NEWARK -- When David Wunsch worked at the Kentucky Geological Survey, he studied the groundwater impact of the controversial mining technique known as mountain-top removal.
He found that, if done correctly, the stripe mining process could improve the watershed. Thanks in part to his efforts, a man-made lake and nature preserve are now where a pristine mountain once stood.
The finding didn't change how environmentalists or industrialists felt about the practice of mountain-top removal. But that wasn't the point. Providing accurate information was.
That finding of a middle ground is typical for a state geologist, Wunsch said.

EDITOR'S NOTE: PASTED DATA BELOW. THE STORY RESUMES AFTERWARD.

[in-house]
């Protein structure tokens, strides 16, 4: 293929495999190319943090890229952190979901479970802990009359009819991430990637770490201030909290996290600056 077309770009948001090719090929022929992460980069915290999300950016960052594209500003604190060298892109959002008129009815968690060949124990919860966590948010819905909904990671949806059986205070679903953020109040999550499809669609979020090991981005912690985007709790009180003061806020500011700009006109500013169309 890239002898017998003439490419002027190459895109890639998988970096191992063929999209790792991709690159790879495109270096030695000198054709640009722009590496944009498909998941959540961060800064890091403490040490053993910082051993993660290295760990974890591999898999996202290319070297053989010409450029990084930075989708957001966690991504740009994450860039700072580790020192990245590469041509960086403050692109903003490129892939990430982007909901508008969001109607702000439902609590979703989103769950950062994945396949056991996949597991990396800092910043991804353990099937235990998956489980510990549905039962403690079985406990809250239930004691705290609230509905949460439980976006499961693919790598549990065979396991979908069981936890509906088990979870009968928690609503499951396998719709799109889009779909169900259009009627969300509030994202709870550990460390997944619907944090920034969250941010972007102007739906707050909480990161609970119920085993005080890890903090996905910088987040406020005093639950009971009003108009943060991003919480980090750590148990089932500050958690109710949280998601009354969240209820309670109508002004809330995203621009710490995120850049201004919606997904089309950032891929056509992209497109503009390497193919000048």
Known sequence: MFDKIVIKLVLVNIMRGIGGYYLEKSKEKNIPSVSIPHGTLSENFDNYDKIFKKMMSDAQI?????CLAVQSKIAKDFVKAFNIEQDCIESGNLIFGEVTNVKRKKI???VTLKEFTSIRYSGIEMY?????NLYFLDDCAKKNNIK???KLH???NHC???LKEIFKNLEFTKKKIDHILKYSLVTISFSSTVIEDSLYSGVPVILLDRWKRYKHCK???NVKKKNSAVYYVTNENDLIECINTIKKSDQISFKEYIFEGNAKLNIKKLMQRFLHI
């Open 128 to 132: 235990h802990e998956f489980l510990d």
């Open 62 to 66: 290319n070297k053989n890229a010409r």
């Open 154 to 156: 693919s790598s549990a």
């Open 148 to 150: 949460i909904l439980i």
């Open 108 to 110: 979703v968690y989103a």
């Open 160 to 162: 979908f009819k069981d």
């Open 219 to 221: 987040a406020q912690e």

And while coal mining disputes probably won't arise here, Wunsch will still be counted on to provide objective data on a range of natural resource issues as the new director of the Delaware Geological Survey.
Wunsch, 53, took the position this fall following the retirement of John H. Talley. The little-known quasi-state agency is based in a two-story building on the University of Delaware campus.
"It's tempting for people to say, 'Well, what do they do? They just collect a bunch of rocks,' " Wunsch said. "But it's much more than that."
Staff covers state
Wunsch and his 17-person staff monitor and study everything below the surface of the First State, from the rocky piedmont in northern New Castle County to the sandy sentiment near the ocean.
In Delaware, the biggest geological issue tends to be groundwater, which happens to be Wunsch's specialty.